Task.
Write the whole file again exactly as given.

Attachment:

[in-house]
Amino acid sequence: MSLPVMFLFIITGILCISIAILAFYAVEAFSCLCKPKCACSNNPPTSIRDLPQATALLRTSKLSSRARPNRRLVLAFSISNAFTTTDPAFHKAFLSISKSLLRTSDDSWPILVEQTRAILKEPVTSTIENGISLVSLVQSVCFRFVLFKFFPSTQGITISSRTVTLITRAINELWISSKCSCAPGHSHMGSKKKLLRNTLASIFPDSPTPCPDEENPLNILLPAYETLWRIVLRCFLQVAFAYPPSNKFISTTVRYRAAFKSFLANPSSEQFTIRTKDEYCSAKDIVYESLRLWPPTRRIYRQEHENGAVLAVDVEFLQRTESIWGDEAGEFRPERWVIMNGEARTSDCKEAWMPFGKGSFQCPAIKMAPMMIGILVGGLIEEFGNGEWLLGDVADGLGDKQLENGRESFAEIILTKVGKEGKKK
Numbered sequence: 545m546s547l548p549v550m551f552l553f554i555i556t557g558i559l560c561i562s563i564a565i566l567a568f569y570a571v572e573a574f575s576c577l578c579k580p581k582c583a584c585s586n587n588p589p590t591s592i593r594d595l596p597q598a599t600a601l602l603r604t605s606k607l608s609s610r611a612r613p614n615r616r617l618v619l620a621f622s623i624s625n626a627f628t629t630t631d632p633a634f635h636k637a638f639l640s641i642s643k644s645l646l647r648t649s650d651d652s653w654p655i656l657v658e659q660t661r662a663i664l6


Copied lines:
[in-house]
Amino acid sequence: MSLPVMFLFIITGILCISIAILAFYAVEAFSCLCKPKCACSNNPPTSIRDLPQATALLRTSKLSSRARPNRRLVLAFSISNAFTTTDPAFHKAFLSISKSLLRTSDDSWPILVEQTRAILKEPVTSTIENGISLVSLVQSVCFRFVLFKFFPSTQGITISSRTVTLITRAINELWISSKCSCAPGHSHMGSKKKLLRNTLASIFPDSPTPCPDEENPLNILLPAYETLWRIVLRCFLQVAFAYPPSNKFISTTVRYRAAFKSFLANPSSEQFTIRTKDEYCSAKDIVYESLRLWPPTRRIYRQEHENGAVLAVDVEFLQRTESIWGDEAGEFRPERWVIMNGEARTSDCKEAWMPFGKGSFQCPAIKMAPMMIGILVGGLIEEFGNGEWLLGDVADGLGDKQLENGRESFAEIILTKVGKEGKKK
Numbered sequence: 545m546s547l548p549v550m551f552l553f554i555i556t557g558i559l560c561i562s563i564a565i566l567a568f569y570a571v572e573a574f575s576c577l578c579k580p581k582c583a584c585s586n587n588p589p590t591s592i593r594d595l596p597q598a599t600a601l602l603r604t605s606k607l608s609s610r611a612r613p614n615r616r617l618v619l620a621f622s623i624s625n626a627f628t629t630t631d632p633a634f635h636k637a638f639l640s641i642s643k644s645l646l647r648t649s650d651d652s653w654p655i656l657v658e659q660t661r662a663i664l6